Gardening: The intensity of flavour and health benefits of micro greens

Undated Handout Photo of a seedling in the rain. See PA Feature GARDENING Wet. Picture credit should

Micro greens are seedlings of anything edible - Credit: PA Images

Now that there is less to do in the garden, I've been thinking of inventive ways to continue to potter and idle away a few relaxing hours while up to my elbows in compost.

At this time of year I'm usually growing winter vegetables in the form of the usual hoary old stagers like sprouts, parsnips and huge beets that Baldrick would be proud of, or planting bulbs and half hardy annuals.

Most of these will only come to fruition next year.  

What I've reminded myself of recently is the absolute pleasure of growing and eating micro greens.

Even if you have no garden whatsoever, you will be able to grow not only delicious but super healthy and distinctly flavoured salad ingredients.

These can be grown on a windowsill or most places indoors.

They are so simple to grow you can propagate them on cotton wool like primary school children do.

Most Read

I'm not encouraging the mass growth of mustard and cress, but the idea is the same.

All micro greens are in fact are seedlings of anything edible, just harvested when they are very young.

The beauty of this is that they are packed with vitamins at such an early stage in their development and more often than not you can detect strong flavours too.

This is more prevalent in some plants than others.

Most herbs work well here and particularly something peppery and difficult to buy in the supermarkets like Thai basil.

When you do find it anywhere it's ridiculously expensive but then again I'm someone who baulks at £3 for an ice cream - flake is extra!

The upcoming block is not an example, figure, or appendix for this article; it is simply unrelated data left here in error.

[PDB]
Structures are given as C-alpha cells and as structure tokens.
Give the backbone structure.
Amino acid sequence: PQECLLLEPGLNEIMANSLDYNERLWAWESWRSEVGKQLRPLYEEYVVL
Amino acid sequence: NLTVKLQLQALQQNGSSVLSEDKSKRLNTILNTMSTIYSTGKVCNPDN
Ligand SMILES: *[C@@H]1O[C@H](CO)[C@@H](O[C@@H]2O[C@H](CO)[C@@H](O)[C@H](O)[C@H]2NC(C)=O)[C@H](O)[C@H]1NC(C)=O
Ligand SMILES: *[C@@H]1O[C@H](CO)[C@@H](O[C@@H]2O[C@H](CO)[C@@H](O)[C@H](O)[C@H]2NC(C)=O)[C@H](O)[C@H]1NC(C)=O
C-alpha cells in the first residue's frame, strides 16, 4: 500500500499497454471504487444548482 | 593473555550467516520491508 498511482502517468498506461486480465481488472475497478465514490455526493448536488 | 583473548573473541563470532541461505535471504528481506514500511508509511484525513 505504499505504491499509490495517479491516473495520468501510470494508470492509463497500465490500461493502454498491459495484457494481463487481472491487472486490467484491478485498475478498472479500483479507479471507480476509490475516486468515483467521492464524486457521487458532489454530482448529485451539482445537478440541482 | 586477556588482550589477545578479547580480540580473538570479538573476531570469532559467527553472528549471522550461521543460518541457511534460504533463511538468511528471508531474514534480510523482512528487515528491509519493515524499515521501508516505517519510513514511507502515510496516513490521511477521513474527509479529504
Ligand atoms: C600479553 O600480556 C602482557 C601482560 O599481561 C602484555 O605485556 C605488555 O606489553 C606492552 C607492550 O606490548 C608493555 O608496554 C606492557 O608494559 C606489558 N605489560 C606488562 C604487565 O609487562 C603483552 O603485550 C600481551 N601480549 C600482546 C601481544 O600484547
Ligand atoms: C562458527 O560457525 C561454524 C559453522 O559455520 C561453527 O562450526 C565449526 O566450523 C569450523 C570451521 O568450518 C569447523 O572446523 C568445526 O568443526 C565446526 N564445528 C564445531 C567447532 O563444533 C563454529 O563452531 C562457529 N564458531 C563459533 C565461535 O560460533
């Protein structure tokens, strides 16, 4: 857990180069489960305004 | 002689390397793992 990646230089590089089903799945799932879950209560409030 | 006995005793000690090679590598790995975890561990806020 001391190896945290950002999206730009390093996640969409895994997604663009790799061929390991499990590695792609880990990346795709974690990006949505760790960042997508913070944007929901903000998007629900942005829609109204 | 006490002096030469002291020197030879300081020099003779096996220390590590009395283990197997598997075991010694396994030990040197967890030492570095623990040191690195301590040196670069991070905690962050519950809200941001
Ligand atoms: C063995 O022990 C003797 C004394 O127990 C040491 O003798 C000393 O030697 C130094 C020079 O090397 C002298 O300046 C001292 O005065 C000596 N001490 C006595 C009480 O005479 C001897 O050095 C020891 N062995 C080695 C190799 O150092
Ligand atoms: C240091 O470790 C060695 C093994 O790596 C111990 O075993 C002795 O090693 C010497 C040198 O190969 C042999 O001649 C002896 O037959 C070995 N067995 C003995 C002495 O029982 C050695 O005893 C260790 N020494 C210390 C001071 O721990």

Not that long ago, I was fortunate enough to have saved up enough to go a Michelin-starred restaurant locally where they had these purple cuttings scattered on every salad.

It lifted the salad to a completely different level, so much so that even my daughter was munching away like an undisturbed rabbit.

In fact, all types of basil are a good fit and can be harvested when their first leaves appear.

The trick is not to leave them much longer or they actually become a plant quite quickly and you miss out on the intensity of flavour and health benefits.

Basil at this age is spicy and flavoured of aniseed so that bit of heat will work wonders in the kitchen.

The colours of green and purple remind me of Wimbledon on a plate even if it might be mid-December.

It’s not just basil that retains its flavour in miniature form either.

Think of any of the herbs you use in the kitchen and when harvested at the size of cress or smaller, can look and taste amazing.

Try using up any left over herb seed you might have from summer and plant them in multi-purpose compost before getting the kitchen scissors out and sprinkling on your usual salad.

Coriander, chives, dill parsley and oregano have all been used in our house to good effect.  

Another reason I like doing this is that you can garden indoors all year round and there is no winter break.

This is particularly relevant for those people who rely on gardening in order to maintain good enough mental health.

An old stager on the allotment told me that you can actually grow sweetcorn in this way, but it needs to be grown in the dark and harvested at the size of a pin and used to top a dessert.

I might try this in secret just in case he was pulling my leg.

It might appear extreme but I've taken this approach with a herb called ‘stevia’ that is reputed to be 300 times sweeter than sugar.

In my shed/laboratory it didn't really seem like it but when it was grown as a micro green it tasted like the hundreds and thousands you get on reasonably priced ice cream.